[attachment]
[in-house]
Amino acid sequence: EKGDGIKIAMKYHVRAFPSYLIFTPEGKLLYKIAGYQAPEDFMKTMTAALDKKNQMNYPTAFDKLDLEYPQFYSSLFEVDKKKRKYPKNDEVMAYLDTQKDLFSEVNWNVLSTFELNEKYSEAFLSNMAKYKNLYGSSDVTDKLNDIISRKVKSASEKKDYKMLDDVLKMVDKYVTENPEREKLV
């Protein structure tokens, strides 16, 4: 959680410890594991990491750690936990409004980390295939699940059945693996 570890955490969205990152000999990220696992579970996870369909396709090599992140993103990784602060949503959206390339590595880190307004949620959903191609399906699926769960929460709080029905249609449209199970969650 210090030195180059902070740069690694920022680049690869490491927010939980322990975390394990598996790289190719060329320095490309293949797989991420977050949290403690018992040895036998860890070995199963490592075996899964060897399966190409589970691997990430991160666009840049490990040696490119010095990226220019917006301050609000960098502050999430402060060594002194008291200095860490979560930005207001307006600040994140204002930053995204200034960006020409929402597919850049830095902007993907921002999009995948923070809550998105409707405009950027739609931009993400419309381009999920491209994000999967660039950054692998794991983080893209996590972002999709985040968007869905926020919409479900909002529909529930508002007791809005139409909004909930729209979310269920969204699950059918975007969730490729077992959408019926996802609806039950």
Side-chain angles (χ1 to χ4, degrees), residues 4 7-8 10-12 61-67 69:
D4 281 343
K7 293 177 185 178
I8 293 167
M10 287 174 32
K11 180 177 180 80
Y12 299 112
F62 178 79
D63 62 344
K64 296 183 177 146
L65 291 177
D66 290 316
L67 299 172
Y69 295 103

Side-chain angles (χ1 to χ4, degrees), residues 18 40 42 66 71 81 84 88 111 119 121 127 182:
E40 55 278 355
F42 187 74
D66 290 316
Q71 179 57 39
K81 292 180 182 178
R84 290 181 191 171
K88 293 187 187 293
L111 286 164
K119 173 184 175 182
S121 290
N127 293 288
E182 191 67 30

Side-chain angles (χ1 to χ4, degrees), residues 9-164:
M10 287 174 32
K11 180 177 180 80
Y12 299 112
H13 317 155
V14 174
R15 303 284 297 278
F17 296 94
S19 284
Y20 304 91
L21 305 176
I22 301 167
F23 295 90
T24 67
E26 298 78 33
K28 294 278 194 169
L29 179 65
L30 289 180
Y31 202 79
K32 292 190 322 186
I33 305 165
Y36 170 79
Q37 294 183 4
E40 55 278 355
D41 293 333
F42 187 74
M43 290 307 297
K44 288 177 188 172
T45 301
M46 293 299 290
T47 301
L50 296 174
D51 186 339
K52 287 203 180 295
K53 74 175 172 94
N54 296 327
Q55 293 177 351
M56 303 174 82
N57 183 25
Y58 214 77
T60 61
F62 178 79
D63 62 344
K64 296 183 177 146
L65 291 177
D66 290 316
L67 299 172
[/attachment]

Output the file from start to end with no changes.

[in-house]
Amino acid sequence: EKGDGIKIAMKYHVRAFPSYLIFTPEGKLLYKIAGYQAPEDFMKTMTAALDKKNQMNYPTAFDKLDLEYPQFYSSLFEVDKKKRKYPKNDEVMAYLDTQKDLFSEVNWNVLSTFELNEKYSEAFLSNMAKYKNLYGSSDVTDKLNDIISRKVKSASEKKDYKMLDDVLKMVDKYVTENPEREKLV
């Protein structure tokens, strides 16, 4: 959680410890594991990491750690936990409004980390295939699940059945693996 570890955490969205990152000999990220696992579970996870369909396709090599992140993103990784602060949503959206390339590595880190307004949620959903191609399906699926769960929460709080029905249609449209199970969650 210090030195180059902070740069690694920022680049690869490491927010939980322990975390394990598996790289190719060329320095490309293949797989991420977050949290403690018992040895036998860890070995199963490592075996899964060897399966190409589970691997990430991160666009840049490990040696490119010095990226220019917006301050609000960098502050999430402060060594002194008291200095860490979560930005207001307006600040994140204002930053995204200034960006020409929402597919850049830095902007993907921002999009995948923070809550998105409707405009950027739609931009993400419309381009999920491209994000999967660039950054692998794991983080893209996590972002999709985040968007869905926020919409479900909002529909529930508002007791809005139409909004909930729209979310269920969204699950059918975007969730490729077992959408019926996802609806039950």
Side-chain angles (χ1 to χ4, degrees), residues 4 7-8 10-12 61-67 69:
D4 281 343
K7 293 177 185 178
I8 293 167
M10 287 174 32
K11 180 177 180 80
Y12 299 112
F62 178 79
D63 62 344
K64 296 183 177 146
L65 291 177
D66 290 316
L67 299 172
Y69 295 103

Side-chain angles (χ1 to χ4, degrees), residues 18 40 42 66 71 81 84 88 111 119 121 127 182:
E40 55 278 355
F42 187 74
D66 290 316
Q71 179 57 39
K81 292 180 182 178
R84 290 181 191 171
K88 293 187 187 293
L111 286 164
K119 173 184 175 182
S121 290
N127 293 288
E182 191 67 30

Side-chain angles (χ1 to χ4, degrees), residues 9-164:
M10 287 174 32
K11 180 177 180 80
Y12 299 112
H13 317 155
V14 174
R15 303 284 297 278
F17 296 94
S19 284
Y20 304 91
L21 305 176
I22 301 167
F23 295 90
T24 67
E26 298 78 33
K28 294 278 194 169
L29 179 65
L30 289 180
Y31 202 79
K32 292 190 322 186
I33 305 165
Y36 170 79
Q37 294 183 4
E40 55 278 355
D41 293 333
F42 187 74
M43 290 307 297
K44 288 177 188 172
T45 301
M46 293 299 290
T47 301
L50 296 174
D51 186 339
K52 287 203 180 295
K53 74 175 172 94
N54 296 327
Q55 293 177 351
M56 303 174 82
N57 183 25
Y58 214 77
T60 61
F62 178 79
D63 62 344
K64 296 183 177 146
L65 291 177
D66 290 316
L67 299 172